Mr. Speaker, I appreciate the questions of my colleague from Yukon.
I did find that in my notes. I found the study. Maybe somehow the government missed it. It is called “Mandatory Minimum Penalties: Their Effects on Crime, Sentencing Disparities, and Justice System Expenditures”. It was done in 2002 by the justice department. It said, “MMS”, mandatory minimum sentences, “do not appear to influence drug consumption or drug-related crime in any measurable way”. That was the basic conclusion the study reached.
To answer the question more specifically about the miscommunication, I do not think there was any miscommunication. I know a number of people in the justice department. I am sure they showed this to the justice ministers. However, again, there are blinkers being worn by the government. The Conservatives are so driven by their ideology on this issue. They sincerely believe that if we punish people more, and more severely, we can change their habits.
They are absolutely refusing--I was going to say “reluctant” but that is too soft--to open their eyes to look at anything else. If the justice officials said to them that they had done all this research, here is the result, it shows no measurable difference, and there is no use at all in us doing this, they would just ignore that. I am quite sure that this is what happened.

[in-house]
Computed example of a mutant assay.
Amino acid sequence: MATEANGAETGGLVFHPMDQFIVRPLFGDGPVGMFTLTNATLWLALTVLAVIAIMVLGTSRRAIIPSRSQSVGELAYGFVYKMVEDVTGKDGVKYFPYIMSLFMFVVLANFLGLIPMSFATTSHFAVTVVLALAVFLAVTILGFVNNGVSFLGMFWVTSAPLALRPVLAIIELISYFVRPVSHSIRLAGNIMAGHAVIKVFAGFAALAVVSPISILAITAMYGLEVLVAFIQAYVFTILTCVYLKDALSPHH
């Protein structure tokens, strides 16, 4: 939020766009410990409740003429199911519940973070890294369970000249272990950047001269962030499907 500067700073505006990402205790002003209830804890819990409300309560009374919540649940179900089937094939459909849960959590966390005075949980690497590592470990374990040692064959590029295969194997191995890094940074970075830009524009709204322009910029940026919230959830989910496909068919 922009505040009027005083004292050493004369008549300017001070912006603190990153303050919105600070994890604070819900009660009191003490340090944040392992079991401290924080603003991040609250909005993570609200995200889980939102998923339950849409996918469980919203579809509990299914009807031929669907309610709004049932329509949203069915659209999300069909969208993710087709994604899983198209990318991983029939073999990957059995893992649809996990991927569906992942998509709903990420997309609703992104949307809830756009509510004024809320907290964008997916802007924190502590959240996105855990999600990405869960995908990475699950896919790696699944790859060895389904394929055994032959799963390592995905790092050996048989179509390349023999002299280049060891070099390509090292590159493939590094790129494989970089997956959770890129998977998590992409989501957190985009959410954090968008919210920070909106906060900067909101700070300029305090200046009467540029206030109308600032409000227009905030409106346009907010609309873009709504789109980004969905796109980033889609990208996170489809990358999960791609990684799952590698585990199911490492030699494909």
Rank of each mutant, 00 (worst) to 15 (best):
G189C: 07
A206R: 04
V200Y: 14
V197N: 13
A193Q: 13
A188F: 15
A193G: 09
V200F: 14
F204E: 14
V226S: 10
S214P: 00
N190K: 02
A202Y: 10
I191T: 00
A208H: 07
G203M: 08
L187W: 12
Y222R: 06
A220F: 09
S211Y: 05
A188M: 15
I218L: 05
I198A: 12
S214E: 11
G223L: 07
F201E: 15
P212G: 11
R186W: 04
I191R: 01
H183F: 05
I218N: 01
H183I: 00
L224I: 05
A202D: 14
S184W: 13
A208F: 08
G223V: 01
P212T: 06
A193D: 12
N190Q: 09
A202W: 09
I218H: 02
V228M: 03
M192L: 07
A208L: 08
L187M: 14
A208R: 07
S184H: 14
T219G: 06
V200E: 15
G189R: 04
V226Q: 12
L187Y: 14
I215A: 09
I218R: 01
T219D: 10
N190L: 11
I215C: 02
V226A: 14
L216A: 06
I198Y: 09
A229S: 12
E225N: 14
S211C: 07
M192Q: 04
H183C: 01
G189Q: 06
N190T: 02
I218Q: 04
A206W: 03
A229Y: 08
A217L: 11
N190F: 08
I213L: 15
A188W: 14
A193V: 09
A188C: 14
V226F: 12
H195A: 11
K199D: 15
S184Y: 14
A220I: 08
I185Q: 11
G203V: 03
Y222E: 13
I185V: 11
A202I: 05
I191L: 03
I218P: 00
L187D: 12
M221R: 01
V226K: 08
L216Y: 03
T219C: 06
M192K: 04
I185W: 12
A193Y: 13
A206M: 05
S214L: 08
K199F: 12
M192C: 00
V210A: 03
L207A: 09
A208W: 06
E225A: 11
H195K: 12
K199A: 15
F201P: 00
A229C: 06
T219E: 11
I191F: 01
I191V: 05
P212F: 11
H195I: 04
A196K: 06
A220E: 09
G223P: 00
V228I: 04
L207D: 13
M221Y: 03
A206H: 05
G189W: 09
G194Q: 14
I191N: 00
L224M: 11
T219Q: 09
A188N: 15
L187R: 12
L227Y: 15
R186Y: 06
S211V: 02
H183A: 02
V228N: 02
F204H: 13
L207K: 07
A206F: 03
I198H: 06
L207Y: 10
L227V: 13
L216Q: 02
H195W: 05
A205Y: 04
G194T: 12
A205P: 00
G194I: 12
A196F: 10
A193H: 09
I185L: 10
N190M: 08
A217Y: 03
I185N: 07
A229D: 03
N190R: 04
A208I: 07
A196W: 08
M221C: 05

With regard to the other issue about the availability of treatment when a person is incarcerated, if a person is incarcerated at the provincial level, there is hardly any available treatment. What is available is so backlogged that the vast majority of people who serve two years less a day will never get through the backlog. Those people will be out of custody before treatment is available.
The situation at the federal level is not much different. The vast majority of treatment programs, especially around drugs, are fairly scarce at the federal level. They are severely backlogged in terms of availability. Again, in the vast majority of cases, people may access those treatment programs, but if they actually serve four years, they may get into it by their third year, and then they are there for such a short period of time that it really does not work.